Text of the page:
A special inspector appointed by Hong Kong's government today raided Next Digital Limited's office to seize the company's financial records as he ratcheted up his investigation of possible fraud at the parent of the now-defunct Apple Daily newspaper.
The search and seizure by the inspector, Clement Chan Kam-wing, was authorised by a warrant issued yesterday by Hong Kong's Eastern Magistrate Court. The warrant was needed as every member of Next Digital's senior management team and board of directors has resigned over the past two months, leaving nobody in charge to hand over the books.
The move, expected to last over several days, marks the most dramatic action since Chan was appointed on July 28 by Hong Kong's Financial Secretary Paul Chan Mo-po to look into allegations of illegal and fraudulent activities at Next Digital. Chan, the managing director for assurance for the accounting firm BDO, is due to deliver the report of his probes in six months.
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"I have been having difficulties getting them to provide information, since their Board members collectively resigned," Chan said in response to a query by South China Morning Post. "Under section 877 of the Companies Ordinance, I have applied for a search warrant yesterday to enter [Next Digital's] premises to seize the information that I need for my investigation."
Trading in the shares of Next Digital, founded by the media magnate Jimmy Lai Chee-ying, was suspended on the Hong Kong stock exchange since July 16, as the company's flagship newspaper Apple Daily published its last edition on June 24 following Lai's arrest in August 2020 under the national security law.
Local authorities have frozen HK$18 million (US$2.3 million) of Next Digital's assets. The company still operates the digital version of the Taiwan edition of Apple Daily, and it has been reported that several parties have expressed an interest in acquiring the business.
Eight senior editors and executives of Apple Daily have been arrested since June. Publisher Cheung Kim-hung and editor-in-chief Ryan Law Wai-kwong were charged for their roles in publishing more than 30 articles that allegedly called for foreign sanctions against Hong Kong and mainland Chinese officials. Cheung and Law resigned after their arrests.
Four remaining directors of Next Digital - chairman Ip Yut-kin, and three independent directors Louis Gordon Crovitz, Mark Lambert Clifford, Elic Lam Chung-yan - all stepped down on September 5, according to a stock exchange filing. The four directors called for the government to allow Next Digital to be liquidated, so that employees and creditors can get paid.
Next Digital repaid a HK$150 million loan to its founder and former chairman Lai on April 1, much earlier than its due date, according to a July 22 stock exchange filing. The disclosure raised suspicion that Next Digital may have been used to conduct fraudulent or unlawful activities, leading to the appointment of the special inspector.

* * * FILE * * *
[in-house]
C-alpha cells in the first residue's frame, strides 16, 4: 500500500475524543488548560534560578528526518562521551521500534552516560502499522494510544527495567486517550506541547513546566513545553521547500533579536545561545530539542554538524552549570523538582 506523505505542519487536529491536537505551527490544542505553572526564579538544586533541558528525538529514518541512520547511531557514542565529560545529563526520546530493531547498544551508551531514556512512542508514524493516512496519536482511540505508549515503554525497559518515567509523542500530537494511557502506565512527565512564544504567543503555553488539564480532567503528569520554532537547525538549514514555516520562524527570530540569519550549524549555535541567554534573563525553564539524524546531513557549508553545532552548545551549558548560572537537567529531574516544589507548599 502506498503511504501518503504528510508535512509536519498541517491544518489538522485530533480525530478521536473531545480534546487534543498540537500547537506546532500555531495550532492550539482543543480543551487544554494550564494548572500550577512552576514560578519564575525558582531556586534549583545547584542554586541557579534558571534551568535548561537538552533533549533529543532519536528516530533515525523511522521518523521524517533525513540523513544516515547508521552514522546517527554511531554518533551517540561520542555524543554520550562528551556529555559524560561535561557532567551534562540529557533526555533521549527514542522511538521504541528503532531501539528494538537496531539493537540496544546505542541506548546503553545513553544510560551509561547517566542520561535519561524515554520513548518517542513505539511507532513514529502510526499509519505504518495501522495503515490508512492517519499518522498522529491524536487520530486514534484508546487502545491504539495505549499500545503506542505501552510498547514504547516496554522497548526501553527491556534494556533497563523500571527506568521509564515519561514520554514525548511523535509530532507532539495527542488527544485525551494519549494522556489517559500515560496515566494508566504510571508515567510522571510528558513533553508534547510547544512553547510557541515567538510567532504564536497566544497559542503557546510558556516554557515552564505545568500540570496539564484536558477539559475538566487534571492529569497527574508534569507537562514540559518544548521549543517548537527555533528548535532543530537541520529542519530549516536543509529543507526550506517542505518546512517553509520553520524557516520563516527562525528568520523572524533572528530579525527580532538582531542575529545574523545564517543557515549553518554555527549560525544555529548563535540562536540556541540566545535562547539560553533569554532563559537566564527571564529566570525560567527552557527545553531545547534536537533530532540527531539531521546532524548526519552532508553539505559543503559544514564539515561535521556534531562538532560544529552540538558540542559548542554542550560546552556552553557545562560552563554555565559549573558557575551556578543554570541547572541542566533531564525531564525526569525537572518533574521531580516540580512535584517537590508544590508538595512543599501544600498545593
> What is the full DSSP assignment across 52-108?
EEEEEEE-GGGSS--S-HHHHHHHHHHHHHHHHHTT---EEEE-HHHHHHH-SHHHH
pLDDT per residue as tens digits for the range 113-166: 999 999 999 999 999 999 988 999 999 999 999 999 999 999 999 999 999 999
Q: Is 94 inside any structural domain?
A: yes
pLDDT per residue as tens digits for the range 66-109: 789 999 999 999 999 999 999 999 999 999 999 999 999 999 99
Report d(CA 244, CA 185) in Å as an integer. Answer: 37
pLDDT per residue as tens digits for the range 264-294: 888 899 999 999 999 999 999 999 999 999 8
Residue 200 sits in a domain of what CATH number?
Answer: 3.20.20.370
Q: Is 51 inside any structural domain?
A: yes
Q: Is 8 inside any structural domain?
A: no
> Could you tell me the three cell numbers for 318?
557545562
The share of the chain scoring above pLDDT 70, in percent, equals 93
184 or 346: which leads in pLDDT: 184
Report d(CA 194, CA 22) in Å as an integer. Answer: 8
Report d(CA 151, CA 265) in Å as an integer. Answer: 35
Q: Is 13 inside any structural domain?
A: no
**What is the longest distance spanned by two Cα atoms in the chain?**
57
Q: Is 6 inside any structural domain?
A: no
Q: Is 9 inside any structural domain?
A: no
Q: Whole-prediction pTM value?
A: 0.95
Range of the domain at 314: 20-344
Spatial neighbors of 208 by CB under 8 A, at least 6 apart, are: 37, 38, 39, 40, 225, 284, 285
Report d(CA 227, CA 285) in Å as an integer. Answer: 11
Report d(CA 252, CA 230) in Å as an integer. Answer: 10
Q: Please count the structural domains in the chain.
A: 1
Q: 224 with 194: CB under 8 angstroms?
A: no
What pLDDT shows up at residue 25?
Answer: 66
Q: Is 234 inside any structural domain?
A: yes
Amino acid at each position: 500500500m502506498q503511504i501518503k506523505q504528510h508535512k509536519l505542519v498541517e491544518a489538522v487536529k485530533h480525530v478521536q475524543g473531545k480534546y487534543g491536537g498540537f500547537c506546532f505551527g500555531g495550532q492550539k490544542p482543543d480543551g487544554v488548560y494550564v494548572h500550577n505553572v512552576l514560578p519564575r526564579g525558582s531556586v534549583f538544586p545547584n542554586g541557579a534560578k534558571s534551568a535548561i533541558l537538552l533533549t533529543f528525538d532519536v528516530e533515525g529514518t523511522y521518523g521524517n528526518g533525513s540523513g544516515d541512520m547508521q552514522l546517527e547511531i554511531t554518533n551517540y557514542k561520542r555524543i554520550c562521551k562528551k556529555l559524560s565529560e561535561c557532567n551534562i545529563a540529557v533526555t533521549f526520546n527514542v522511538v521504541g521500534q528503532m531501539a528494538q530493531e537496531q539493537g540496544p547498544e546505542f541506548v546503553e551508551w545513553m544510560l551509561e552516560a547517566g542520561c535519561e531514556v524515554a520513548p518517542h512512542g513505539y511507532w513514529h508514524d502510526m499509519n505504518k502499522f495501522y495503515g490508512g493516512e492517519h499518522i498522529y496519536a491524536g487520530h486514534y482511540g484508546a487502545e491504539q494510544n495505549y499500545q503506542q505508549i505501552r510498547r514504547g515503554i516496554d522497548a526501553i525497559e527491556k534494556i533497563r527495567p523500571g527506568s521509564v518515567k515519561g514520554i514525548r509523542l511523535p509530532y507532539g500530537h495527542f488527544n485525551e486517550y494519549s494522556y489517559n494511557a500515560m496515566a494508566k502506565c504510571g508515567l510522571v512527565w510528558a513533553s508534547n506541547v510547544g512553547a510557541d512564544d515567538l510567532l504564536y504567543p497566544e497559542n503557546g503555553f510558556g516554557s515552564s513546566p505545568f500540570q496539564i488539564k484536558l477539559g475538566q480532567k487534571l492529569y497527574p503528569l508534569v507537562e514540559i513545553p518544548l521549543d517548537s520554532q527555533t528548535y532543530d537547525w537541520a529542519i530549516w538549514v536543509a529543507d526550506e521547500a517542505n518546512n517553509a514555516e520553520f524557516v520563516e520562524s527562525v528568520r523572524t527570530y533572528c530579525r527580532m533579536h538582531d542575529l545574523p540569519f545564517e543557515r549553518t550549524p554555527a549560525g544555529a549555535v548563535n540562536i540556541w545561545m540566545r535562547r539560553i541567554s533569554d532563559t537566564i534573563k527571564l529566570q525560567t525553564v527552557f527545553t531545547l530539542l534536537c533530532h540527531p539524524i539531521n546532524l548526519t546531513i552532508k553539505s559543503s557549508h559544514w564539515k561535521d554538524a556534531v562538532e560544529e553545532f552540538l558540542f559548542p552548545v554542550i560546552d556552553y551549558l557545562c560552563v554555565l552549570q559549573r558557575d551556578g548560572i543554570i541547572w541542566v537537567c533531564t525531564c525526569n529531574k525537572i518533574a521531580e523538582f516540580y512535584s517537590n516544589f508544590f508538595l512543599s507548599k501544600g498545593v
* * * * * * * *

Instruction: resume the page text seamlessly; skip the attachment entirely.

Chan, a veteran accountant with 30 years of experience, is the first inspector appointed by the government in two decades.
Hong Kong's Companies Ordinance empowers the inspector to apply for a court order to seize books and records from any company under investigation. At the same time, he also has the power to summon witnesses for information and statements.
On the same day of the inspector's appointment, Hong Kong's market regulator Securities and Futures Commission (SFC) announced that it was also investigating Next Digital, amid volatile swings in its share price.
Hong Kong's audit regulator Financial Reporting Council (FRC) initiated an inquiry and investigation in August into Next Digital's financial statements for the two and a half years up to September 2020 to see if they contained any misleading public information. The FRC also investigated the company's auditors - Deloitte Touche Tohmatsu in 2019 and CCTH CPA in 2020 - both of which resigned after giving the company's financial statements clean bills of health.
Operations at Apple Daily's printer in Tseung Kwan O, operated by a Next Digital subsidiary, were frozen earlier this month because the property was an asset linked to crimes committed in breach of the Beijing-imposed legislation, Hong Kong's Secretary for Security Chris Tang Ping-keung said.
More from South China Morning Post:
- Embattled Next Digital, owner of Hong Kong newspaper Apple Daily, to sell Taiwan property to relieve financial burdens
- 1,200 per cent rally in Next Digital puts Apple Daily's publisher among Hong Kong's biggest media groups, sparks calls for regulatory probe
- From Peregrine to Next Digital: Hong Kong invokes rarely-used powers in company law